The problem with my beliefs came when I couldn't find another, as I called them, 'true satanist'. Most where far too poserish for me, some I even considered dangerous for I knew more than a handful of people who vowed to only do darker magic as part of their rituals. That, to me, was wrong... Lucifer was solely never about sin and evil. He was never about cursing some guy on the street who had knocked you by accident that morning. He was never about hexing your mother because she didn't buy you that car for Christmas (yes, I heard of that happening at the time). For me, all of that was just a complete insult to me and my religion... and it upset me enough to shut myself off from the world and become solitary. It suited me, I had adopted a self-importance that just did not get along with anyone else anyway. However, slowly, I began to realize that if I was alone in my beliefs... I was alone in general.


That was the first nail...


The second came when, perhaps a bit cynically, I came to realize that I was just having ZERO interaction with any higher (or lower lolololol) power. Please, don't get me wrong, I never desired to see the face of the devil and be proclaimed his glorious prophet... but being able to FEEL him working with me, or his demons... or anything. That would have been nice, however, that never happened... and I became disillusioned with what I was doing. Thus, I began to read about other religions, other paths...


That was the second nail...


The third? Well, I met a christian (yeah), but he didn't at all approach me in that way. He was also a spiritualist, and he managed to make me see that as I reached for a higher plane of existence for God and Lucifer, I was ignoring the spirits all around me. From that moment I just began to realize that what I did know of myself wasn't in anyway religious or thanks to any God... it was because I could feel my ancestors all around me. It was because I had my spirit guide standing beside me, telling me I needed to wake up. It was because I had my ancestors around me shouting and screaming as I ignored them...


Final nail.


As I look back now, I'm beginning to realize just how strange it is that I have come full circle. So many of my beliefs are similar to those I held when I was fifteen, even though between then and now I've tried to adapt to my wiccan friends way of life. I'm a darker kind of person, and for a while I thought that made me wrong and evil. I hated myself for awhile, but in these past few years I have been waking up and realizing that just because someone is not christian or wiccan does not mean I am corrupted or anything. It means I am different, it means I see my world in a different way to those who believe the monotheistic generalization of religious etiquette. My world is nature and the spirits who guide me through my existence.

It has taken awhile but I've grown up, and with that my entire understanding of the world has deepened. I've always been a very giving, loyal and caring person... so I did not make a good satanist. I look back now and see that I became solitary because my friends were NOT serious at all. They did not follow the laws, they thought it all glamorous when they were doing it wrong and being ignorant and STUPID. I came away from the herd, I followed my own path and those days have taught me to do the same ever since. If nothing else, I'm happy for that. :)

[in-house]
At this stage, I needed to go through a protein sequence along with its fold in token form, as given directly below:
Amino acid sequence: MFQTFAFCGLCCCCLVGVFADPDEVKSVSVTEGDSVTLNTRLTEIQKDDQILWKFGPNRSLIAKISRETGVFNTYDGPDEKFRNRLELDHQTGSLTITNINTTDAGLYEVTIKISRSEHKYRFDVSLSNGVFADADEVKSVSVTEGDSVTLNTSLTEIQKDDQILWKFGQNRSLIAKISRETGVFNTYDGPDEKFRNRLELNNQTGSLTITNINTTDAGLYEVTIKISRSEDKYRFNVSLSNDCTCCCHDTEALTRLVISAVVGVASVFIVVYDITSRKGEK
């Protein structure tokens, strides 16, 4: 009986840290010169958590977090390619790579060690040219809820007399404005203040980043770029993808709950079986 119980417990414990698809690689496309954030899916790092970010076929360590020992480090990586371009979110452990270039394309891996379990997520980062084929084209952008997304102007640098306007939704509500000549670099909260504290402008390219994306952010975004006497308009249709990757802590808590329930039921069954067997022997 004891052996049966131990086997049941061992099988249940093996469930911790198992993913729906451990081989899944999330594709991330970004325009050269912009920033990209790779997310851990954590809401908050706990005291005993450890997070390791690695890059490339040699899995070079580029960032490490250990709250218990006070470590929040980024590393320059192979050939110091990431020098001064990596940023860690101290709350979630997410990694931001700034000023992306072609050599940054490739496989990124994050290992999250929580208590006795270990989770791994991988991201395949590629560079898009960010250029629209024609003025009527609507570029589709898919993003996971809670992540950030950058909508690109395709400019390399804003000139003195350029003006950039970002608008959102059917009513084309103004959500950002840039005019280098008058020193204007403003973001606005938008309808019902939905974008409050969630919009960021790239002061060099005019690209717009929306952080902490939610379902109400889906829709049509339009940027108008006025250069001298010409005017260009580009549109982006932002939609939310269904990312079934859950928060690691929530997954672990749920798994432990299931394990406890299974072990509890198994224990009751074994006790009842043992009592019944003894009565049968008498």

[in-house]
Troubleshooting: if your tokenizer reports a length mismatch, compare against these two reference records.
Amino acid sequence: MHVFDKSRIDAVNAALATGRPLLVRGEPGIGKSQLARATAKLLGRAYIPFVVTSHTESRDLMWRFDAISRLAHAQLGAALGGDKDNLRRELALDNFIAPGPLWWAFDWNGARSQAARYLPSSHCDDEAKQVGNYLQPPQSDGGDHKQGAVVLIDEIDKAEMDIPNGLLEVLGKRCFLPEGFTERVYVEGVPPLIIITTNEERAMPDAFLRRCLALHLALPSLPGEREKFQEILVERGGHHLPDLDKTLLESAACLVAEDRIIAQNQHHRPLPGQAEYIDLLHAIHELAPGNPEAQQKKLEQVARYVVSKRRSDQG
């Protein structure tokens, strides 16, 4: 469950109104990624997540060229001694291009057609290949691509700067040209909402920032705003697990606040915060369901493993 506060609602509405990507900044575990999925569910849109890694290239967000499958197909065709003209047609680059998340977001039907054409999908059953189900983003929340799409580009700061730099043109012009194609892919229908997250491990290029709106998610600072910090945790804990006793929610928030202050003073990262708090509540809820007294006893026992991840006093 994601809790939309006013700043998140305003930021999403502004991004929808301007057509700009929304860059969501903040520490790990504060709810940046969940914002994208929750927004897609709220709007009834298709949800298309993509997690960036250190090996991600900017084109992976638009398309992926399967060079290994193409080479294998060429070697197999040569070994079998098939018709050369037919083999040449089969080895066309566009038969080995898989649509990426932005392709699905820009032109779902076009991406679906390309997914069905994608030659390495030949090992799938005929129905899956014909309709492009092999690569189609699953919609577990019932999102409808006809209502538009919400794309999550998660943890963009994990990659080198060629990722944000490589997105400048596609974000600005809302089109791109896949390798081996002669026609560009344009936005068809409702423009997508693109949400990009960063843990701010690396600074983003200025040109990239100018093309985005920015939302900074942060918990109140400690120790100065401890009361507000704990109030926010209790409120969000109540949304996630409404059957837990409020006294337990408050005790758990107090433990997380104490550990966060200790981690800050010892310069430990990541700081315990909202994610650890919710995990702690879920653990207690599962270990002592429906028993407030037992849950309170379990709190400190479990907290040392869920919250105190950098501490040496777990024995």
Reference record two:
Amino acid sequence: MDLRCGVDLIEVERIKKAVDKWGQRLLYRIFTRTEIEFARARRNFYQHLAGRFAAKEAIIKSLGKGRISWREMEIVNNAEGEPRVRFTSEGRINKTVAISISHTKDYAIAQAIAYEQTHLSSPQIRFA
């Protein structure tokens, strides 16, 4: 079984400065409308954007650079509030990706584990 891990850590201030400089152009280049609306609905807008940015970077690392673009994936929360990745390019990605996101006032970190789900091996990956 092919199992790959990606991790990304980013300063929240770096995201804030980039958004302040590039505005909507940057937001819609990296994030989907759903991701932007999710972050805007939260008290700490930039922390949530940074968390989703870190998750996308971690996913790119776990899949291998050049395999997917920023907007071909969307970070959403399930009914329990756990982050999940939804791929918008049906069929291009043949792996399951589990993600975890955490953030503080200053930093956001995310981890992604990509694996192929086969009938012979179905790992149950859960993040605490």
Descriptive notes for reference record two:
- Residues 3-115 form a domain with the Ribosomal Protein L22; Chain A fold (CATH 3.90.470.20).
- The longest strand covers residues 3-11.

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#59 froglover

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Posted 16 November 2012 - 09:33 AM

Oh course, another theory (given airspace, for example, by Robert Graves in the White Goddess) is that Satan is our friend Mercury/Hermes/Woden. The classical picture of Mercury fluffies him up quite some, he was a god of thought to be sure but also the "psychopomp", that is the power which seizes the dead soul and takes t to the underworld. I believe that in Germany the identity of satan and Woden was fairly uncontroversial and the German's still do not name Wednesday after Woden because of the hostility of the church. This fits with the "higher intelelctual centre" theory of course.....

In folk religion a connection with Vulcan and Satan was also made (in the 19th century Australian poem "A Convict's Tour to Hell" for example, where Satan and crew were seen as siding with the rebellious poor) In this poem Vulcan was one of the staff of Hell (Vulcan has been identified by I think the Catholic Encyclopedia with Tubal Cain and on it goes....)

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#60 foxman

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Posted 06 February 2014 - 12:16 AM

In my opinion, Anton La Vey's Satanic Bible is about as much use as using an empty pen to write a cheque to your Utility Company! Now if you were talking about the Order of the Ram in Bournemouth, UK or The Order of the Prince in Bacup, Lancashire (both of which were not strictly Satanic but one of the first Luciferian group's in this country), then  you 'might' have a problem. Most people who 'claim' to be Satanists don't know the meaning of the word! Look at it this way. The whole religious thing of 'Thou Shalt Not' was invented by a person named 'Moshe' (Moses) - and, like in their Torah (The Five Books of Moses), The Nevi'im (the Prophets) and finally, The Kethuvim (The Writings) - which make up the Old Testament of the Christians - and is based upon it!  These writings are in Jewish form, called The Tanakh - which I own a copy of and is indispensable to people like me who study the Kabalah!    :biggrin: foxman


Edited by foxman, 08 February 2014 - 01:29 PM.